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This project is centered around the Wise's Mill tributary that parallels Wise's Mill Road, and which is perhaps most well-known as the main point of access to Valley Green Inn and the park on the west side of Wissahickon Creek. The length of the tributary encompasses a diversity of habitats including a shrub / scrub upland, a marshy wetland, and a wooded riparian area. The stream originates as a spring in the lower (eastern) end of the upland area and is marked by the presence of an historic spring house which was recently restored by the Friends of the Wissahickon.
Wissahickon Restoration Volunteers is collaborating with the Philadelphia Water Department and the Fairmount Park Commission to restore the vegetation along this corridor with the goals of increasing bird habitat, increasing plant diversity, and improvement of the infiltration of storm water runoff. Due to intense deer browse and fairly recent agricultural activities, native plants along the stream corridor are pressured by a number of invasive species such as devil's walking stick, multiflora rose, tree-of-heaven, oriental bittersweet, Japanese knotweed and even kudzu. Beginning in 2004, WRV aggressively worked to remove populations of invasive plants in preparation for plantings. With funds secured from the USDA Natural Resource and Conservation Service, planting is currently underway along the lower wooded reach of the stream. More than 300 native plants have been planted adjacent to the stream to enhance the quality of the existing forest, and include black willow, river birch, American sycamore, silver maple, box elder, elder, elderberry, northern arrowwood, red chokeberry, and winterberry. The broad upland has been cleared and planted with a non-invasive annual, winter rye, to serve as a cover crop, thereby enriching the soil, reducing soil erosion, and suppressing the growth of weeds until the area can be planted in 2006.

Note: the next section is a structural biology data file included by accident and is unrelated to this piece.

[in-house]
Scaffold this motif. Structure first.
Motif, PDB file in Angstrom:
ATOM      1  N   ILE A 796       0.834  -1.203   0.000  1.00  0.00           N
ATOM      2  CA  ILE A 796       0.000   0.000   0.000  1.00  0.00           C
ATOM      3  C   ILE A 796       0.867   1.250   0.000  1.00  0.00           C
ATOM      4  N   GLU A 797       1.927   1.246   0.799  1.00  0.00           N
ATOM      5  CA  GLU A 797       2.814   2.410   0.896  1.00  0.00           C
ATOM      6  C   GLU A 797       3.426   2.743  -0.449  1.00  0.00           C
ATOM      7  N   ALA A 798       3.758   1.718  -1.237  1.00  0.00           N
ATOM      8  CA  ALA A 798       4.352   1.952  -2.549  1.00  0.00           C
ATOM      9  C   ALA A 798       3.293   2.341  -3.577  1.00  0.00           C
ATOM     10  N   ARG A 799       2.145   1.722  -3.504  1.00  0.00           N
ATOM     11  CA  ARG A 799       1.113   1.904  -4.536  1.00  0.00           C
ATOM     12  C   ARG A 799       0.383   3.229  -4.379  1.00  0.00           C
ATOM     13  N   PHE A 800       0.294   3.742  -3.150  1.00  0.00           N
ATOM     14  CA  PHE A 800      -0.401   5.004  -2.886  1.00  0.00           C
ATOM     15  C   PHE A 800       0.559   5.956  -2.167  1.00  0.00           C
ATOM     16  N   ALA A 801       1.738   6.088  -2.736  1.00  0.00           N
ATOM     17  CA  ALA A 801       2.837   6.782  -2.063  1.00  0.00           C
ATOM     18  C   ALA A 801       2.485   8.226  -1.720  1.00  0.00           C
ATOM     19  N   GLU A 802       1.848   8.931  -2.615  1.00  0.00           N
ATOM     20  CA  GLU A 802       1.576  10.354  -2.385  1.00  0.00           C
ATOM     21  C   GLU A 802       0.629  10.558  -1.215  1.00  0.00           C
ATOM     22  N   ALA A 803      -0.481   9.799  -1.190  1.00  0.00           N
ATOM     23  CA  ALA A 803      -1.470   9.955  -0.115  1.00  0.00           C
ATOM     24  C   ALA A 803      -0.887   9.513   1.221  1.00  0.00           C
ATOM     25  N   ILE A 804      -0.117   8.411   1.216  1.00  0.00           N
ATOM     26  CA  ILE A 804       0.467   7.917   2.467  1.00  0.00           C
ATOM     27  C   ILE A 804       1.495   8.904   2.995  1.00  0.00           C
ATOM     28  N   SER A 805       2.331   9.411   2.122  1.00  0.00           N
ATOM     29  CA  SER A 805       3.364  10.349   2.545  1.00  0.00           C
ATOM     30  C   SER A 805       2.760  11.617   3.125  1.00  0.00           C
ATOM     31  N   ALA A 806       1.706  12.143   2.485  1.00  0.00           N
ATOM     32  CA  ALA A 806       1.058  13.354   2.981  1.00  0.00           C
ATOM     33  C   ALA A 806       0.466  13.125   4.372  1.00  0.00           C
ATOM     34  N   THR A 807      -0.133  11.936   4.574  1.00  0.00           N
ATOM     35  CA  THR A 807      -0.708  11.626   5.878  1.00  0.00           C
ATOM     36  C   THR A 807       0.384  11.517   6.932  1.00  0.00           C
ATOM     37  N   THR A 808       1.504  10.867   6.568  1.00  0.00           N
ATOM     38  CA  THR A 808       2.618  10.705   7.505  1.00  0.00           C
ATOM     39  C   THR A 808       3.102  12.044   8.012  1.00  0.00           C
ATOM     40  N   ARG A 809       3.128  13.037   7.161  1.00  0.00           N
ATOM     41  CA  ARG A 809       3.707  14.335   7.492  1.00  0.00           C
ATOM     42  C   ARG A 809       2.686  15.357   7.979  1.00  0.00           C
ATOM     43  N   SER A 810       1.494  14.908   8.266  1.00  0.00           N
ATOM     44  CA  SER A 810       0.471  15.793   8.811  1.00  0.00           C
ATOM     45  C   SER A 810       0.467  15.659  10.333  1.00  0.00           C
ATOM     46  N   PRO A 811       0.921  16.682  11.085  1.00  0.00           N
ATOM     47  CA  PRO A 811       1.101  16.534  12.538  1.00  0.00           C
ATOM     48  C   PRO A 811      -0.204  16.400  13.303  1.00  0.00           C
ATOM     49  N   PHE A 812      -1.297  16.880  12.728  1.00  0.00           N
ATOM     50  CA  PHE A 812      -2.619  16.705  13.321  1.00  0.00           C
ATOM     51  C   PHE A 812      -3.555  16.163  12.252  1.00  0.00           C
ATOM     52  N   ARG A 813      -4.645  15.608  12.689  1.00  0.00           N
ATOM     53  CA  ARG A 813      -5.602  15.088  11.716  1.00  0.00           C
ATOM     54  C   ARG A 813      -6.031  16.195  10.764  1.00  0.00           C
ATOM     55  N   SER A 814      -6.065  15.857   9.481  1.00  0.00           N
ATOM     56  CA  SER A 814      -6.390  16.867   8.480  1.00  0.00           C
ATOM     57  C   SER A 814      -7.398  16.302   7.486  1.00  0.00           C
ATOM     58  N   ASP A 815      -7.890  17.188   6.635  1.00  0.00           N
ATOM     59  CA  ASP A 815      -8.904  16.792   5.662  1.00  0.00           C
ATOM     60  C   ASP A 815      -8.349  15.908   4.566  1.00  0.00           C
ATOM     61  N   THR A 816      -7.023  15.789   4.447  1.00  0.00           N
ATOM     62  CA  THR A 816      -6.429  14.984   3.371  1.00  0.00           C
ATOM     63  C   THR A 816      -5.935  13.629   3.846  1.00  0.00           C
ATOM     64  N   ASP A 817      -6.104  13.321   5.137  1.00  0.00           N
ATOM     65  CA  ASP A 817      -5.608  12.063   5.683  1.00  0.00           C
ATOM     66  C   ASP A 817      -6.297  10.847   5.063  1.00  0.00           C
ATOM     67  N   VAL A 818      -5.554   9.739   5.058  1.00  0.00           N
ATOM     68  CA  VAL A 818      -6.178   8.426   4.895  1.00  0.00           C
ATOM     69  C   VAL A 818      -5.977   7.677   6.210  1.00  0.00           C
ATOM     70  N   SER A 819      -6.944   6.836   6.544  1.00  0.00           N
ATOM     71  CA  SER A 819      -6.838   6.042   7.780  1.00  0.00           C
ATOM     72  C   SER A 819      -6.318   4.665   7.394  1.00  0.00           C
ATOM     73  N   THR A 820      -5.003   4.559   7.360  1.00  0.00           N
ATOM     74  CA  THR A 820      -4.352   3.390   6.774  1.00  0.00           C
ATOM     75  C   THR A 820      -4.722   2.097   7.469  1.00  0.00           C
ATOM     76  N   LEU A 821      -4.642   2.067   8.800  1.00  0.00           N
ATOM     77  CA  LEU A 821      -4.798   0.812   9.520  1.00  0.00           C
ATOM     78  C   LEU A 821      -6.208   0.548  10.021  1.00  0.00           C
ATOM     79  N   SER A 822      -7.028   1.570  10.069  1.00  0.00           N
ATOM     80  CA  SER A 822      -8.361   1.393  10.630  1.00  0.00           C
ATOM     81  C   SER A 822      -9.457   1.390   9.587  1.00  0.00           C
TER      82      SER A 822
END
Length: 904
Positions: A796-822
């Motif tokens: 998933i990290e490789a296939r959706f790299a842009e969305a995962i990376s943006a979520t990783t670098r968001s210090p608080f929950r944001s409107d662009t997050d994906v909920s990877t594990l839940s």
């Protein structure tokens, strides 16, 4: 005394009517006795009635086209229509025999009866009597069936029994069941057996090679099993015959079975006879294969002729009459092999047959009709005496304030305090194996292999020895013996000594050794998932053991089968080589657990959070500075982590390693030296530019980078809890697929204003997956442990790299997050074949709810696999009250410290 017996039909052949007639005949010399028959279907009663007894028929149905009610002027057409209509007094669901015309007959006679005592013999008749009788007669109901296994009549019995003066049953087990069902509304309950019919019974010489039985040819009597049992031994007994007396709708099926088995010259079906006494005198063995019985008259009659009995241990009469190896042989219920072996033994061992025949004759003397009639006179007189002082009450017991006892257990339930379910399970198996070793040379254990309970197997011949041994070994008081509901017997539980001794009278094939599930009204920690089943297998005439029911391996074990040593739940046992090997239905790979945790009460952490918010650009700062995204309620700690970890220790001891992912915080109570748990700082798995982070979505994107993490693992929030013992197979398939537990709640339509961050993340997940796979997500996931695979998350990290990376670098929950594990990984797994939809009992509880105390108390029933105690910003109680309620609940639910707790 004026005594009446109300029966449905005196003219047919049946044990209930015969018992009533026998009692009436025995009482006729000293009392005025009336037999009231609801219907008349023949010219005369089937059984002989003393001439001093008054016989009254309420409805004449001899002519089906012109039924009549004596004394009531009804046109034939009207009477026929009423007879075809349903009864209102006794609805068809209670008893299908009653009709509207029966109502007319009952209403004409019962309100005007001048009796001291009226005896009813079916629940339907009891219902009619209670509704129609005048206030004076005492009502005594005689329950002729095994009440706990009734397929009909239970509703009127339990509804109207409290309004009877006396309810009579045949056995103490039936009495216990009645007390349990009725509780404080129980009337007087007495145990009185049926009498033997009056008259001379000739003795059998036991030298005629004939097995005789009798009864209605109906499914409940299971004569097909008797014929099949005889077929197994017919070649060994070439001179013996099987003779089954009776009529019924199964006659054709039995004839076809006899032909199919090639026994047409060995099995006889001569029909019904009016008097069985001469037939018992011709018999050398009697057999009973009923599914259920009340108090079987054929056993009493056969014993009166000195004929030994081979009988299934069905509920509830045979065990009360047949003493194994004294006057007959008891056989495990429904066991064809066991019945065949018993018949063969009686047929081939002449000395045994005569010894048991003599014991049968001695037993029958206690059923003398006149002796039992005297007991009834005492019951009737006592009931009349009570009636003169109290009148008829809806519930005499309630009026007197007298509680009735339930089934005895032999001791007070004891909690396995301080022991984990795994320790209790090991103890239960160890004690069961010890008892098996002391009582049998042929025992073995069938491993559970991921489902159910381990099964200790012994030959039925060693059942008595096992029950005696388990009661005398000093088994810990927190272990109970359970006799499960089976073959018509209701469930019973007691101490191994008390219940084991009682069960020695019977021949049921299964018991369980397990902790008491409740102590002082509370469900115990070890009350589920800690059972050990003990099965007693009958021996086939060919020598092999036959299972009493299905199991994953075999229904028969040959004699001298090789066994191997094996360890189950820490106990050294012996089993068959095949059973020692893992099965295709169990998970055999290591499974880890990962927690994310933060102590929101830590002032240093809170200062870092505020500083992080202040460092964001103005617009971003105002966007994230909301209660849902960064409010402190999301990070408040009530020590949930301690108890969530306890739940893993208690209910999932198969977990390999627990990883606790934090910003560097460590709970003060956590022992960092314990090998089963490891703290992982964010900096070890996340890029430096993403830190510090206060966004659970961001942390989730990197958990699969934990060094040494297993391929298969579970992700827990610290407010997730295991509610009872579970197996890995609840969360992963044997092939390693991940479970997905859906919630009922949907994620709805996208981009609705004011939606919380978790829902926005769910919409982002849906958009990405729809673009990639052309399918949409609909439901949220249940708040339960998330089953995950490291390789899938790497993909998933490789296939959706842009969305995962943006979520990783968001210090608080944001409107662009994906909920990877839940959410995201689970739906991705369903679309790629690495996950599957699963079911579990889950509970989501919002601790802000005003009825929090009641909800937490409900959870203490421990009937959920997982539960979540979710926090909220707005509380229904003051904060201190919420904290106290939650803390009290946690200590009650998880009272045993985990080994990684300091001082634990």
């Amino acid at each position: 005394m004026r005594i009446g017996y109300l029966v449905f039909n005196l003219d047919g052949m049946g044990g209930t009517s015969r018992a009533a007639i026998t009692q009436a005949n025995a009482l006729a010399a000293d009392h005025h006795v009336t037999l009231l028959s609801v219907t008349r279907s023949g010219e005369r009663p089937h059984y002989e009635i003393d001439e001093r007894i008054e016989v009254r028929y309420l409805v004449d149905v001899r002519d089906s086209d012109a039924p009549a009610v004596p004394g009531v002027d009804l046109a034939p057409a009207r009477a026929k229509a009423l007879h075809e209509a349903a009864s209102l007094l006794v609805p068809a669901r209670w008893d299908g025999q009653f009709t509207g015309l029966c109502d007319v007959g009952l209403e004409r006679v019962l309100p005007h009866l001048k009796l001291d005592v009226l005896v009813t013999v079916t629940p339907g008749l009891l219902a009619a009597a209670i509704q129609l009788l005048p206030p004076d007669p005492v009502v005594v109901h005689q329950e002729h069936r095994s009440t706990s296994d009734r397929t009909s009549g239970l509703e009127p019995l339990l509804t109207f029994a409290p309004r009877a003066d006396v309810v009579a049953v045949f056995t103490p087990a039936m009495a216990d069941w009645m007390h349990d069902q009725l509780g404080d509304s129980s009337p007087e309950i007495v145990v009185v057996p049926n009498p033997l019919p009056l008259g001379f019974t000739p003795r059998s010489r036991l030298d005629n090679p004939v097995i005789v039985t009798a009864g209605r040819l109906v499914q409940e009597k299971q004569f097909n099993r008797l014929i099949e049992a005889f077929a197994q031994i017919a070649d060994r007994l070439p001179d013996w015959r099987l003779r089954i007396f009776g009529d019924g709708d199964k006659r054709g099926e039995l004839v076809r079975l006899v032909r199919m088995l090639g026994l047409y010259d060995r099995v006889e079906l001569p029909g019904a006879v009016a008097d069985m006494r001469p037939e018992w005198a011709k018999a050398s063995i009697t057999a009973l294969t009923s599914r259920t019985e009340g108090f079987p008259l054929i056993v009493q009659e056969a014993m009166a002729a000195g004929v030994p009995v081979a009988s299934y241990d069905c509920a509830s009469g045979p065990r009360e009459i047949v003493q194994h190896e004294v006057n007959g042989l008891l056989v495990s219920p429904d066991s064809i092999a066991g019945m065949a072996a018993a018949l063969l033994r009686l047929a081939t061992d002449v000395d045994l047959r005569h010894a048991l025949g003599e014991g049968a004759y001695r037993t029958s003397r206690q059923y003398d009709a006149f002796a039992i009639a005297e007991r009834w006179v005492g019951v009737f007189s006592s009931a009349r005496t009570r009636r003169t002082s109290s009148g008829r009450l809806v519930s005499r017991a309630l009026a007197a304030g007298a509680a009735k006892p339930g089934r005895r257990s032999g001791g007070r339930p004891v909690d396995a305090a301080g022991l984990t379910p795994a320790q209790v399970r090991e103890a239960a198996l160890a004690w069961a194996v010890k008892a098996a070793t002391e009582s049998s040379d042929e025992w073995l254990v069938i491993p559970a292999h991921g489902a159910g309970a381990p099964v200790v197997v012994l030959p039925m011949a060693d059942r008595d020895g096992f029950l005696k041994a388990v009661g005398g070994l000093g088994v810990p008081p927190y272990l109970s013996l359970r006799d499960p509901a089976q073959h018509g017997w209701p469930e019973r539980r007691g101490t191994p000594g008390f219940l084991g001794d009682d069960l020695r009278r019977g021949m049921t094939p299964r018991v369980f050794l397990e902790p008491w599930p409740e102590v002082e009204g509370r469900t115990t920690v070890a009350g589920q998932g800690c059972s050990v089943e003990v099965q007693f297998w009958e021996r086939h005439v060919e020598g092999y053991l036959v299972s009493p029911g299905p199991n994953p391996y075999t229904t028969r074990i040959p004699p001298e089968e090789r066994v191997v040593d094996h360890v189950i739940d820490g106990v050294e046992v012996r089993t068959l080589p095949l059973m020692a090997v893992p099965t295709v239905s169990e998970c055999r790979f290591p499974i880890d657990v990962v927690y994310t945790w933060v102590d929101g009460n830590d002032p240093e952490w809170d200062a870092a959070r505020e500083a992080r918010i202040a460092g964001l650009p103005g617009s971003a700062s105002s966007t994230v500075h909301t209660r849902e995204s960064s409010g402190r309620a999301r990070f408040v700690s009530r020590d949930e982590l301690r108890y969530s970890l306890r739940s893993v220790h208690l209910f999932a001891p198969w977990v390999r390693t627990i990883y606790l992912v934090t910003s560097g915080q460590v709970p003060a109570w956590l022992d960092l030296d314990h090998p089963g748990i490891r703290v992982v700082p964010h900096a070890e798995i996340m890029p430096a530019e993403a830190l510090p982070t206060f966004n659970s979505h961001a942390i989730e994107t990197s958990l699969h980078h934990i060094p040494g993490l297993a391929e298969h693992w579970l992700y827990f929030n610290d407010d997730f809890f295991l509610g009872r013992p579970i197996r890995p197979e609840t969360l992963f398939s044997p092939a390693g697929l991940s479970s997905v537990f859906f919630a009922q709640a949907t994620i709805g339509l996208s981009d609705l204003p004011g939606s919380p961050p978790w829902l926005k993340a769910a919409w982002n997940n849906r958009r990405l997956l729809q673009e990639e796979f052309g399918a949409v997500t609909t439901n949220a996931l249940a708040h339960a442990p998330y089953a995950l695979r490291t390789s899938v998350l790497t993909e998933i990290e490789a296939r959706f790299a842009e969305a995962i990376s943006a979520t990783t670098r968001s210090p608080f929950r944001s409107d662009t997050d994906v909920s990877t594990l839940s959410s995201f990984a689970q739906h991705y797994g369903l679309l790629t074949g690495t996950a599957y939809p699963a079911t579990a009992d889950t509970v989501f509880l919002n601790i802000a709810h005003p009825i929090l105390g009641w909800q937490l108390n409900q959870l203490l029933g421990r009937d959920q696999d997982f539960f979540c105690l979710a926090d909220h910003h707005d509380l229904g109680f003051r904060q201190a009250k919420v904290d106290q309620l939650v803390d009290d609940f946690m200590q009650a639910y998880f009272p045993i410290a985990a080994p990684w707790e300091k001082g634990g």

Since the beginning of the year, 17 volunteer groups contributed almost 500 hours to help prepare the two planting areas and install the young trees and shrubs. When completed, the 14-acre project will have over four distinct habitat areas including riparian forest, upland scrub/shrub, wetland, and warm season grassland. As a whole, the collaborative project will serve as a unique demonstration area for students and the public to observe the relationship between the hydrologic features of the site and the variety of wildlife supported by a great diversity of plants and habitat types, while also learning about the site's former agricultural history.
Funding for this portion of the project is provided by the National Fish and Wildlife Foundation through their Delaware Estuary Grant Program.